Who We Are

We are committed to “Reversing the Adverse” caused by negative Adverse Childhood Experiences (ACEs).

New Children’s Pathways is by no means a new venture as this organisation was originally formed in the UK over 15 years ago. The New Pathways team hopes to use that experience and knowledge to deliver improvement’s in service delivery for young people in Australia.

New children’s Pathways is a not for profit organisation and was established in Australia in 2016. The driving force behind the organisation is the founder Peter Spencer. Peter is a Social Worker from the UK who migrated to Australia in 2015. Peter brings with him a wealth of knowledge and a number of professional registrations including registrations in both the Legal and Education fields. Having worked in a number of statutory and third sector roles in Australia, Peter was frustrated by the lack of appropriate services for young people. Whilst working in some challenging environments, Peter identified that there were large numbers of young people living in very tough situations. He set out to attempt to make some changes about how children’s services were delivered in Australia, in the hope of closing the gaps and achieving better outcomes for young people.

The New Children’s Pathways team consists of a number of registered professionals and very skilled volunteers. All the people involved with New Children’s Pathways are motivated by the smiles on the children’s faces.

New Children’s Pathways is not a crisis service nor do they have a focus on families. However at times we may also help out the wider family members if this is in the best interests of the children.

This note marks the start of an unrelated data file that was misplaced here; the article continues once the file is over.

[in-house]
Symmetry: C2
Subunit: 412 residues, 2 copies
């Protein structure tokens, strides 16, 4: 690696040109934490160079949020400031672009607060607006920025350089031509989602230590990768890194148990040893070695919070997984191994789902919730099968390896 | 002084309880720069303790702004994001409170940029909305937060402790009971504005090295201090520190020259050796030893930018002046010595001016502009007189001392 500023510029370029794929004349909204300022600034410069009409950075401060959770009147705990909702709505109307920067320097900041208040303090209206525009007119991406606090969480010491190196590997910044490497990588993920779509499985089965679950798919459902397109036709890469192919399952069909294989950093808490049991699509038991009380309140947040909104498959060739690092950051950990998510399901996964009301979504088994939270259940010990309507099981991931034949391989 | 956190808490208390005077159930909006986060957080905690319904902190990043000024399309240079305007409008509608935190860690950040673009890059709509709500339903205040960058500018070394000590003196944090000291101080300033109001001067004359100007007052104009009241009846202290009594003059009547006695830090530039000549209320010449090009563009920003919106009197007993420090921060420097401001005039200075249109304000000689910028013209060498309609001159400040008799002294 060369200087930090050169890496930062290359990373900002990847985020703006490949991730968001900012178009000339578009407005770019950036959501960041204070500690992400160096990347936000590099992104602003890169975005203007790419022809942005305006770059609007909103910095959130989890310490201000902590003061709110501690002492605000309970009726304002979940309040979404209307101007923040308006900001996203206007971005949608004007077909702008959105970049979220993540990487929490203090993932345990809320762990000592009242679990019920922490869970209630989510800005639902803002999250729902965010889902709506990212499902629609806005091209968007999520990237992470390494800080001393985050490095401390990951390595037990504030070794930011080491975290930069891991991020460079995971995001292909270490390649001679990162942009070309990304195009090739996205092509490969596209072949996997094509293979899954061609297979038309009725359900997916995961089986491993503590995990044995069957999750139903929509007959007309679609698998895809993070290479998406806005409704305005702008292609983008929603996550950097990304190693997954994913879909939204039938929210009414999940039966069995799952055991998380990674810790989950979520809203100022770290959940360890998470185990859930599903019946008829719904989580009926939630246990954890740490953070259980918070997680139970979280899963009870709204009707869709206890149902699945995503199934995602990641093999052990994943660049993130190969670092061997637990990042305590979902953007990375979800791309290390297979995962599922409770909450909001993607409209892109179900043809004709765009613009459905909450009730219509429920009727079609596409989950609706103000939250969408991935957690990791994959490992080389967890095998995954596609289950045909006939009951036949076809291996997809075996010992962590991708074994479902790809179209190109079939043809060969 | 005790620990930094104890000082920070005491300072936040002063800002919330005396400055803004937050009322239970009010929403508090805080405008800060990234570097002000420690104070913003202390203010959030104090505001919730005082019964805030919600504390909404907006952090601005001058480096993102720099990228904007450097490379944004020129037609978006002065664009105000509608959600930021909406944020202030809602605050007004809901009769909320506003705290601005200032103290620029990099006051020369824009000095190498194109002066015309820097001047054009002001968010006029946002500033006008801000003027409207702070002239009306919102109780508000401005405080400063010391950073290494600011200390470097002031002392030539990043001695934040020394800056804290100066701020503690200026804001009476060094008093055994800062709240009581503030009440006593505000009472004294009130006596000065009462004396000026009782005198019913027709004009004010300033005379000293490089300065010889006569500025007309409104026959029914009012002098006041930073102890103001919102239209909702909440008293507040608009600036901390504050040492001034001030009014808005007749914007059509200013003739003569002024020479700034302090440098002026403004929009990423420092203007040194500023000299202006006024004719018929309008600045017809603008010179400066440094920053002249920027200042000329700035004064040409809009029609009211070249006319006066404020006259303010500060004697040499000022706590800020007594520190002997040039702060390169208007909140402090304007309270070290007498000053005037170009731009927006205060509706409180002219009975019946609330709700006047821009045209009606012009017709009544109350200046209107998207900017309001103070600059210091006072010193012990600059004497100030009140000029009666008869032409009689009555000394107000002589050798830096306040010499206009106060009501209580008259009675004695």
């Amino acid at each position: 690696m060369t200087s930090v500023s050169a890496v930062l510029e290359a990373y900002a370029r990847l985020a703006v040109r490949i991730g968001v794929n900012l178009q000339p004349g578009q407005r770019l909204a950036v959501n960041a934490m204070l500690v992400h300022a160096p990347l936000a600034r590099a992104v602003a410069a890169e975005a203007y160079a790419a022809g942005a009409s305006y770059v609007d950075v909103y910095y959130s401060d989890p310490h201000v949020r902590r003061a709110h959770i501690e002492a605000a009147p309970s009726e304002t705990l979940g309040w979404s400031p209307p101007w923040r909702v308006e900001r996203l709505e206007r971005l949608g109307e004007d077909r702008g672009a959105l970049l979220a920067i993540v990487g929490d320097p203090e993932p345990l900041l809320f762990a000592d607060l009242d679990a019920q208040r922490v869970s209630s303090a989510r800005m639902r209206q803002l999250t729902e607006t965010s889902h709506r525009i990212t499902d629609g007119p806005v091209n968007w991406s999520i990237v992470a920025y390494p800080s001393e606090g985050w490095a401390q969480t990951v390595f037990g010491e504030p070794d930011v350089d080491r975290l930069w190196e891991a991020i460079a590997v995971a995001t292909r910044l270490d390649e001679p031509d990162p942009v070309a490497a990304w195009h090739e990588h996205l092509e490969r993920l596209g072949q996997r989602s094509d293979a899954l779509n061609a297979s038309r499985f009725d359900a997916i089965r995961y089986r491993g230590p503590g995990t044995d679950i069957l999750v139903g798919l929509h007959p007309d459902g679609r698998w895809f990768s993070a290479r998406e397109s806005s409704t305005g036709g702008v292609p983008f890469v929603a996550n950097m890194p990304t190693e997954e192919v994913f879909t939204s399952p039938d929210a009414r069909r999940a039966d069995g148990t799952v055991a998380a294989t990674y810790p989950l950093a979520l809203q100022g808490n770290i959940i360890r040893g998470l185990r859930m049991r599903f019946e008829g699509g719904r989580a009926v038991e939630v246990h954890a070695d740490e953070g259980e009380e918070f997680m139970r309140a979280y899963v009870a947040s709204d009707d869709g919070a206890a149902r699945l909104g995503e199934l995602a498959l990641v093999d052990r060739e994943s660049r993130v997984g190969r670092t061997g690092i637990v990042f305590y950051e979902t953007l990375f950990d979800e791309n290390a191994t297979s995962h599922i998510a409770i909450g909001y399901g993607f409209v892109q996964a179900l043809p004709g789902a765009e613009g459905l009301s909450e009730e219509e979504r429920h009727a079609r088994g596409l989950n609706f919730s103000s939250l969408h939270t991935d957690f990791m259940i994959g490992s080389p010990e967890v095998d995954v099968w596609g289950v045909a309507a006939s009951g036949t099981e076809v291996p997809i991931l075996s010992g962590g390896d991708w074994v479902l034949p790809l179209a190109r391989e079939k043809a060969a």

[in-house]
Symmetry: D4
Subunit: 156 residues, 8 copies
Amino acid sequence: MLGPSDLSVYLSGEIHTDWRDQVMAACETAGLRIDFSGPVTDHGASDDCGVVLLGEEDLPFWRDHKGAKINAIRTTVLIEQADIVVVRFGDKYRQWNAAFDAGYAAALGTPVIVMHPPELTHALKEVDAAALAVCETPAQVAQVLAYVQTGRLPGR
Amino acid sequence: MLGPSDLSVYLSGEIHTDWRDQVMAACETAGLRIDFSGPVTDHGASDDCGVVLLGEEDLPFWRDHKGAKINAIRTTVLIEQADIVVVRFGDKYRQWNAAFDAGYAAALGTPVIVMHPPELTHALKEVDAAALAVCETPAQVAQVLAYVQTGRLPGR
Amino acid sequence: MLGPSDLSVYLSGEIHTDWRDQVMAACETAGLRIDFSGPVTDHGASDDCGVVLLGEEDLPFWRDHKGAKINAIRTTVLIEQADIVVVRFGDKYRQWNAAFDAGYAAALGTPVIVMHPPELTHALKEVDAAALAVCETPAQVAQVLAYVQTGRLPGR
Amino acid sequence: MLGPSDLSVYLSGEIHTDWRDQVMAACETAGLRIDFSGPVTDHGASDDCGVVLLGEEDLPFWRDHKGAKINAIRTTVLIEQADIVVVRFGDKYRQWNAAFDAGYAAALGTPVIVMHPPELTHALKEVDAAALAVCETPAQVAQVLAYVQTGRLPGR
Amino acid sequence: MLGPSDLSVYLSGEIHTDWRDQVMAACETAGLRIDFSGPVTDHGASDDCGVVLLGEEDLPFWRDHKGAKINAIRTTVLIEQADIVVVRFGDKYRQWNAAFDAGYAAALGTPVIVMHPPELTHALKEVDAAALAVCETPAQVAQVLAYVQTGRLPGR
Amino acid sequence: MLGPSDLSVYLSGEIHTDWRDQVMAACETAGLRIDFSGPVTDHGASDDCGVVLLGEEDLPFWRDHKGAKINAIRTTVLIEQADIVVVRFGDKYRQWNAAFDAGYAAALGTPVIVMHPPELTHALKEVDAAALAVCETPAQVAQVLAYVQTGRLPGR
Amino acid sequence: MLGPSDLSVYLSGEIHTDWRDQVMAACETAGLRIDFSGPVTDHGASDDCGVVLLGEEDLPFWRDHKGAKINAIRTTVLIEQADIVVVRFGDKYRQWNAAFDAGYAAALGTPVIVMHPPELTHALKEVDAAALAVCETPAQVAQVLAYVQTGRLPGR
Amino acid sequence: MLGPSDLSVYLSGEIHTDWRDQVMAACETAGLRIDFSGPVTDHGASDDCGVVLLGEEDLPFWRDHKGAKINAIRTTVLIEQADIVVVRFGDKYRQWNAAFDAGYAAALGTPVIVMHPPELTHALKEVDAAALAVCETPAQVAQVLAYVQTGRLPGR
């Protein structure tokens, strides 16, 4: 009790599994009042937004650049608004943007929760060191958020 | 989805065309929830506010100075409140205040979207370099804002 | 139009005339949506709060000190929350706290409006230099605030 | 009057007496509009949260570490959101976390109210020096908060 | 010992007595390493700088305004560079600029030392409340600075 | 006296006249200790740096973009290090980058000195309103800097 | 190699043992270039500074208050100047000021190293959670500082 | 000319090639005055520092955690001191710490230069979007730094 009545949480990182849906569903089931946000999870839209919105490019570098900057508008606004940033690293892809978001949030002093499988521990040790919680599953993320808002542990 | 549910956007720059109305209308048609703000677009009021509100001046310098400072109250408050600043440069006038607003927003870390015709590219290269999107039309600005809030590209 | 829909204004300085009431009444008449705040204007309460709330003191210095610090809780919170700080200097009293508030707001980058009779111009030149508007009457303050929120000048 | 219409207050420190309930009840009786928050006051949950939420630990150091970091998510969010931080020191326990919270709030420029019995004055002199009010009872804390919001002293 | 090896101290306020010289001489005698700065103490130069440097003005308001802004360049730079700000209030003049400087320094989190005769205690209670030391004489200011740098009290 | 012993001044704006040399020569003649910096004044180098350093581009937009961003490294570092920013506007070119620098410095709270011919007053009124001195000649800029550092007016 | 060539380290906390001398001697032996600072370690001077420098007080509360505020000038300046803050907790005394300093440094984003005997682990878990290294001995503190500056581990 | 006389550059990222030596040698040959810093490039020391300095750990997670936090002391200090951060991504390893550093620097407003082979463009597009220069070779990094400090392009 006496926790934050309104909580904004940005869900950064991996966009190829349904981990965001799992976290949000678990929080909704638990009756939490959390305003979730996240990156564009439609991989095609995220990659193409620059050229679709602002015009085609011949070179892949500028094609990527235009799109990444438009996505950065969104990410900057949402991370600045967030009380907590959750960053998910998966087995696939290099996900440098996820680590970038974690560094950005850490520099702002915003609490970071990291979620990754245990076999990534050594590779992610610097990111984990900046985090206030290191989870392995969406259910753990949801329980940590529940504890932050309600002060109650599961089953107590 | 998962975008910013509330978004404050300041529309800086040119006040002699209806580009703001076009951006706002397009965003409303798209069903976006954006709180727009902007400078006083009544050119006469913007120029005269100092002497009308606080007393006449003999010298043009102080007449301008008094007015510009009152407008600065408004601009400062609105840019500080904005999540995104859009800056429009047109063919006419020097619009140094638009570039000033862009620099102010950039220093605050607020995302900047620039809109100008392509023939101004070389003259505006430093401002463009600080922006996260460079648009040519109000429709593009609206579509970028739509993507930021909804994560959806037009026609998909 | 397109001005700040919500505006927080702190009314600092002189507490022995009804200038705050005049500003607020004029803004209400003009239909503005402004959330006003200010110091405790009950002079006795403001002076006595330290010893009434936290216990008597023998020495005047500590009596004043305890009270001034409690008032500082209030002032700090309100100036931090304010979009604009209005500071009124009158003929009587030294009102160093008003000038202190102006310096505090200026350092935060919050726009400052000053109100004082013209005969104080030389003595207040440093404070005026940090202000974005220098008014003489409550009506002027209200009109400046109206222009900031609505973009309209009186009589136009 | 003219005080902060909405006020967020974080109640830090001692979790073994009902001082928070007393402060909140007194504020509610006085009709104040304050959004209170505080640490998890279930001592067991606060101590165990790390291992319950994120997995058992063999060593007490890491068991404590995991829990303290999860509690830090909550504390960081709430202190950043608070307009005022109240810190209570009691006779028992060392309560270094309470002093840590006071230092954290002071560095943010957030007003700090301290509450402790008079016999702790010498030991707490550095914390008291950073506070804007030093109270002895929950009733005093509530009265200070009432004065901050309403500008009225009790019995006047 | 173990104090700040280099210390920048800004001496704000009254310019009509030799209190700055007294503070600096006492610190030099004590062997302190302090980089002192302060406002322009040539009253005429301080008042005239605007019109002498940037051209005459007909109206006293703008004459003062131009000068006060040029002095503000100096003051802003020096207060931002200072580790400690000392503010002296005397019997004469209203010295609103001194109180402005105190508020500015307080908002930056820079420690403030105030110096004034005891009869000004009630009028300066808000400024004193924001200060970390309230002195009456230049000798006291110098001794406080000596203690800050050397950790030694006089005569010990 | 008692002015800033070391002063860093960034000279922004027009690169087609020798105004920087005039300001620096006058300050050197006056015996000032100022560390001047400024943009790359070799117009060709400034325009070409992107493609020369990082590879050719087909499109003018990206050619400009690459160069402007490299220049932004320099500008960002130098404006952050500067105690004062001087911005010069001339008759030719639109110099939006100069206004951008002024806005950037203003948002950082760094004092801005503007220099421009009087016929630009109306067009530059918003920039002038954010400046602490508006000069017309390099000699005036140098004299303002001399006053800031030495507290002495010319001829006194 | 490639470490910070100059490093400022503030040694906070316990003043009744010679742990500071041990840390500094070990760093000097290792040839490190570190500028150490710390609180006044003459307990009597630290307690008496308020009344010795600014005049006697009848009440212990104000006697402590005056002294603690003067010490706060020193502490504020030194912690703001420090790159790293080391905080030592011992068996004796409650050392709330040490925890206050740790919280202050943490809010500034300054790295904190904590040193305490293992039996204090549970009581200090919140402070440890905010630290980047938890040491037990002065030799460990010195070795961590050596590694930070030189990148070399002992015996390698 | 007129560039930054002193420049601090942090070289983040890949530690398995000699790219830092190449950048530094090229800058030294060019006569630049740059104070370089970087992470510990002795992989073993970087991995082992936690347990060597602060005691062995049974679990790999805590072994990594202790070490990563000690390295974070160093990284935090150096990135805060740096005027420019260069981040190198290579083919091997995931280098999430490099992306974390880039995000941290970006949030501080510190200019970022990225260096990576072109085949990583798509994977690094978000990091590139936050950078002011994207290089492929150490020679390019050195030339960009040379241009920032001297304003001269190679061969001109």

Our Mission

New Children’s Pathways is concerned with “Reversing the Adverse” caused by negative Adverse Childhood Experiences (ACEs).

ACEs and why do we care?

Traumatic childhood events such as abuse, neglect, and witnessing experiences like crime, parental conflict, mental illness and substance abuse. All result in long-term negative effects on learning, behaviour and health. Often referred to as adverse childhood experiences (ACEs), these types of events create dangerous levels of stress that can derail healthy brain development, increase risk for smoking, alcoholism, substance misuse, depression, heart disease, and dozens of other illnesses and unhealthy behaviours throughout life.

ACEs have been linked to risky health behaviours, chronic health conditions, low life potential, engagement in statutory services, future substance misuse and early death.

As the number of ACEs increases, so does the risk for these outcomes. The wide-ranging health and social consequences of ACEs underscore the importance of preventing them before they happen. Assuring safe, stable, nurturing relationships and environments for all children. Providing the “Essentials for Childhood” can have a positive impact on a broad range of health problems and on the development of skills that will help children reach their full potential.

What We Do?

We currently identify children who are living in very challenging environments in the wider Brisbane, Ipswich, Locker Valley, Toowoomba, Logan and Gold Coast areas.

We have a relationship with statutory and third sector organisations who help us identify children, who may benefit from our services. We receive a huge amount of calls from individuals and families too.

We deliver social work services of a therapeutic nature to children. Where possibly we aim to deliver these services with a whole team around the child approach. We use a number of mediums including activities. Examples of some of the work we have completed are:

Day Excursions
Cinema Activities
Swimming
Community Events

Our current goal

The New Pathways Team is committed to developing services for young people in Australia. These services should be able to enrich the lives of young people in Australia. The New Children’s Pathways Team is committed to exploring any opportunity that would contribute to better outcomes for young people.

We are therefore very keen to hear from any agency that believes they could work in partnership in order to develop services for young people in Australia.

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